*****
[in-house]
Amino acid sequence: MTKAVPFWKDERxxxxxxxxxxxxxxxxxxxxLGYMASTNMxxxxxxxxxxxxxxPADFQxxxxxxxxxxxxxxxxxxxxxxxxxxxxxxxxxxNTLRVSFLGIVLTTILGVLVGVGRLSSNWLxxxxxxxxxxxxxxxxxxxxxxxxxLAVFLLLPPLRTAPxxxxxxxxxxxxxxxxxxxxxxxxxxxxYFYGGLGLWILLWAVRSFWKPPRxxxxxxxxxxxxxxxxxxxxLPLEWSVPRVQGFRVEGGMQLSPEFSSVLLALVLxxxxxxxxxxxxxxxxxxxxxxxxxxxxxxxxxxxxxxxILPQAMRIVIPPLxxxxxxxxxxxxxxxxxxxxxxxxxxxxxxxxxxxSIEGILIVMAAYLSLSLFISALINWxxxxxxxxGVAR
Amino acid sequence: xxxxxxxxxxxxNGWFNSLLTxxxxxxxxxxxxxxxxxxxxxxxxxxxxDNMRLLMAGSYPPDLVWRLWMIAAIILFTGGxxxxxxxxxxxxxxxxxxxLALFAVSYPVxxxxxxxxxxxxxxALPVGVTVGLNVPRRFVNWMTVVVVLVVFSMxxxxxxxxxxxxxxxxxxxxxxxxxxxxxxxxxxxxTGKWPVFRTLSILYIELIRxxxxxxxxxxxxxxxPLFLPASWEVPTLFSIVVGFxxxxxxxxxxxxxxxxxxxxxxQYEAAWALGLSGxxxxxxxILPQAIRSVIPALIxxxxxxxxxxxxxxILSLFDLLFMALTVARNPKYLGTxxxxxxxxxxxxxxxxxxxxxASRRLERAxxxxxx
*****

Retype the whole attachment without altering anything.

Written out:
[in-house]
Amino acid sequence: MTKAVPFWKDERxxxxxxxxxxxxxxxxxxxxLGYMASTNMxxxxxxxxxxxxxxPADFQxxxxxxxxxxxxxxxxxxxxxxxxxxxxxxxxxxNTLRVSFLGIVLTTILGVLVGVGRLSSNWLxxxxxxxxxxxxxxxxxxxxxxxxxLAVFLLLPPLRTAPxxxxxxxxxxxxxxxxxxxxxxxxxxxxYFYGGLGLWILLWAVRSFWKPPRxxxxxxxxxxxxxxxxxxxxLPLEWSVPRVQGFRVEGGMQLSPEFSSVLLALVLxxxxxxxxxxxxxxxxxxxxxxxxxxxxxxxxxxxxxxxILPQAMRIVIPPLxxxxxxxxxxxxxxxxxxxxxxxxxxxxxxxxxxxSIEGILIVMAAYLSLSLFISALINWxxxxxxxxGVAR
Amino acid sequence: xxxxxxxxxxxxNGWFNSLLTxxxxxxxxxxxxxxxxxxxxxxxxxxxxDNMRLLMAGSYPPDLVWRLWMIAAIILFTGGxxxxxxxxxxxxxxxxxxxLALFAVSYPVxxxxxxxxxxxxxxALPVGVTVGLNVPRRFVNWMTVVVVLVVFSMxxxxxxxxxxxxxxxxxxxxxxxxxxxxxxxxxxxxTGKWPVFRTLSILYIELIRxxxxxxxxxxxxxxxPLFLPASWEVPTLFSIVVGFxxxxxxxxxxxxxxxxxxxxxxQYEAAWALGLSGxxxxxxxILPQAIRSVIPALIxxxxxxxxxxxxxxILSLFDLLFMALTVARNPKYLGTxxxxxxxxxxxxxxxxxxxxxASRRLERAxxxxxx